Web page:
Slow play penalty is costly for South Carolina, but the issue lacks consistency

Walt Beazley, Razorbacks Athletics Communications

Slow play penalty is costly for South Carolina, but the issue lacks consistency

College

Slow play penalty is costly for South Carolina, but the issue lacks consistency

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FAYETTEVILLE, Ark. – It’s talked about often, the standardization of college golf. One area that is not consistent throughout the year is pace of play.

There is no obligation to enforce pace of play during the regular season or even during conference championships. How this issue is handled during the season is left entirely up to officials in charge of any given tournament. Often pace of play is ignored completely.

That is not the case during the NCAA postseason, pace of play is adjudicated using a checkpoint system. There have been penalty strokes handed out this week and in the past, so this is not new to the NCAA Championship.

During the first round, the first group off of No. 10 tee at 6:50 a.m. Friday missed several checkpoints. LSU’s Nathan Jeansonne and Ryan Hall of South Carolina each received three-shot penalties for their tardiness. Texas A&M’s Dan Erickson, also in that group, wasn’t penalized. Penalties are assessed after a second checkpoint is missed.

“I think it’s a flawed system and I think they’re put in a tough situation,” South Carolina coach Bill McDonald said. “What you saw on Friday with us was the first group out always has a target on its back.”

Those three shots turned out to be extremely costly for the Gamecocks. South Carolina finished at 38-over-par and two shots shy of Southern California’s 36-over total, which was good enough for 15th place and a spot in the final round.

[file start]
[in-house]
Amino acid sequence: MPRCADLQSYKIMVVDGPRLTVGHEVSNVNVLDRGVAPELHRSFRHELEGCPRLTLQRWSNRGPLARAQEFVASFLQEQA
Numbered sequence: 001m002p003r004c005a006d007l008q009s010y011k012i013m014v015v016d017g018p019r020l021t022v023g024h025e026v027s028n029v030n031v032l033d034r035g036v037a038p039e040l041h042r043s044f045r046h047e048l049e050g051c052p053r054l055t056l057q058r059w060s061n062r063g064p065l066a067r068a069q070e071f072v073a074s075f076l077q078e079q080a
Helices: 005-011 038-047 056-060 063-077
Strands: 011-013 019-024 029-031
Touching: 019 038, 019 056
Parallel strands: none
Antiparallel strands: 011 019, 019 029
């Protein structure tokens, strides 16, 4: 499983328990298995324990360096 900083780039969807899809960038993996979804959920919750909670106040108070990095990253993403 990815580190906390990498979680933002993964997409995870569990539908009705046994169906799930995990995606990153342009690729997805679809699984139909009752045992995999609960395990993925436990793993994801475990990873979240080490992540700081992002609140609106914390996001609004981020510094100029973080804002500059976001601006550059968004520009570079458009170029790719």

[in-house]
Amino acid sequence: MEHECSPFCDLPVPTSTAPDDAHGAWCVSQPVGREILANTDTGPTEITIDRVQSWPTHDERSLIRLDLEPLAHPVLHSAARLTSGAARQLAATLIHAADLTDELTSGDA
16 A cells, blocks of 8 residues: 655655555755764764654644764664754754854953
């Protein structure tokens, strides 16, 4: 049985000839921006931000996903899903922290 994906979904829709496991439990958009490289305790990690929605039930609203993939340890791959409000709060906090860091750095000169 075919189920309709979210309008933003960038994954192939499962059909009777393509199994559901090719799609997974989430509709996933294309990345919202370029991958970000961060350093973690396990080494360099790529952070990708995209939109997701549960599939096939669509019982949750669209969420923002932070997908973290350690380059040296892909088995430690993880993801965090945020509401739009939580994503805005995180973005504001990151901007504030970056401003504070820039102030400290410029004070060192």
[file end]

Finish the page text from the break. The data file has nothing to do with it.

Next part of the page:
“You do all you can, but it is difficult because they don’t see it all year,” said McDonald in regard to the stricter pace of play guidelines in the postseason.

Hall is a freshman making his first trip to the NCAA postseason.

“The hardest thing is I have a freshman who was involved, and I was walking with him 16 of the 18 holes for that reason,” McDonald said.

McDonald also pointed out there was plenty of time to make up for the three shots.

“It hurts. We had a lot of golf to play and we didn’t play well. The three strokes are big now, but it happened in the first round and we had plenty of time to make up for it.”

McDonald added: “I respect the rules officials and everyone involved in the tournament and what they’re trying to do.

“I’ve been around this game a long time and I believe things should be looked at with common sense and equity. I don’t fault the people involved at all. I just wonder was the system, what happened to us, applied to the rest of the field?”

In the second round, David Snyder (Stanford) and Kaiwen Liu (California) were each given one-stroke penalties for pace of play infractions.

While pace of play is an issue all year long in the sport, it became a focal point this week when it had such a major impact on one team.

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